Expect the leaders of Hawaii's four counties to fight hard to keep the transient accommodations tax dollars that Gov. Linda Lingle is proposing be taken away from them.
County leaders have warned that cutting the revenue they get from the TAT, also known as the hotel room tax, raises the likelihood they will need to raise property tax rates.
"We rely on the TAT going in," said Maui County Budget Director Fred Pablo. "That money goes back into the visitor industry" in the form of roads, parks, emergency services and other programs that visitors use, he said.
The proposal was not totally unexpected given the state's budget woes. But for Lingle, the mayor of Maui County for eight years in the 1990s, to propose temporarily cutting off TAT dollars to the counties to help balance the state budget is a reversal and points out how severe the state's financial crunch is.
State officials for years have tried to reduce, if not eliminate, the county share of the TAT. As a mayor, Lingle joined her colleagues in staving off challenges to the county allotment from the TAT. Last year, Lingle's administration opposed taking TAT dollars away from the counties to help balance the budget, as some key lawmakers had suggested.
But at a news conference last week, she announced the proposal to cut TAT to the counties. She acknowledged how serious a move it is and said she expects the counties to fight it.
The Lingle plan would divert room tax revenues for three fiscal years. The counties would lose an estimated $99 million next fiscal year: $44.5 million in Honolulu; $22.7 million on Maui; $18.5 million on the Big Island; and $14.4 million on Kauai.
"If the counties lose the TAT, we would have to look at other sources of revenues, as well as potential reductions in services and service levels to balance our budgets," said Kauai County Finance Director Wallace Rezentes Jr.
While Honolulu would lose the most dollars, the smaller Neighbor Island counties may feel a bigger hit.
"The TAT is more important to the outer island counties because it makes up a larger percentage of our operating budgets as compared to the City and County of Honolulu," Rezentes said.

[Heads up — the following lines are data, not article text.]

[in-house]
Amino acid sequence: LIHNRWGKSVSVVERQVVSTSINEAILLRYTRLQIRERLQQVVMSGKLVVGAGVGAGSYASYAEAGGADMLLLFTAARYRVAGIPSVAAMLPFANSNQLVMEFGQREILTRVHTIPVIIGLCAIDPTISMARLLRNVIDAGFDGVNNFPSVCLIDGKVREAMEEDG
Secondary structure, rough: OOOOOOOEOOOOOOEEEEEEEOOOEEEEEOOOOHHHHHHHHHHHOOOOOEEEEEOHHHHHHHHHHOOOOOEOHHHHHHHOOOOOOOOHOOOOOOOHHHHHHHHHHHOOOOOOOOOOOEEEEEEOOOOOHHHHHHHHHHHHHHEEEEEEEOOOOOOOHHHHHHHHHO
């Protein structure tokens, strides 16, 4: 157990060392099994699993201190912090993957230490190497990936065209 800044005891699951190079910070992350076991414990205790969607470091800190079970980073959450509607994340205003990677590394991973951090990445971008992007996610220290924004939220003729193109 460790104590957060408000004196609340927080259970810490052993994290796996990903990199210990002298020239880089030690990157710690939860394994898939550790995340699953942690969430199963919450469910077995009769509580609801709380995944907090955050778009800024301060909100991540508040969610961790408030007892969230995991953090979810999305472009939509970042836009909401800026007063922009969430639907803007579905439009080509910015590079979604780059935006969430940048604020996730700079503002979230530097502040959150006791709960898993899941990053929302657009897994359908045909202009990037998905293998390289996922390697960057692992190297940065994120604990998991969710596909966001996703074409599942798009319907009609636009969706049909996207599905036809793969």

"I think it has a more significant impact on the Neighbor Island counties and probably Kauai more than anyone," said Hawaii County Finance Director Nancy Crawford.
Kauai's TAT revenue amounts to about 8.4 percent of its operating budget. For Hawaii County, it's about 4.5 percent, and for Maui about 4 percent.
Honolulu's share constitutes just under 2.5 percent of its $1.8 billion operating budget.
Mark Oto, Honolulu deputy budget director, acknowledged that the percentage impact may be greater on the other counties. However, he said, "you have to remember that Honolulu provides more public services that are enjoyed by a larger number of visitors," such as the city's extensive bus system. Neighbor Island counties have minimal bus service. Hawaii County doesn't have curbside trash pickup.
County officials agree that the loss of TAT is especially bad in the midst of a difficult economy. The main source of revenues for all counties is property taxes. Falling property values means less in each of their operating budgets.
Pablo said property values in Maui County are projected to fall from 10 to 20 percent, which means the operating budget could fall from $460 million to $420 million. Factor that in with a 4.5 percent drop from TAT, and "that's pretty close to 8 percent, 9 percent of our budget."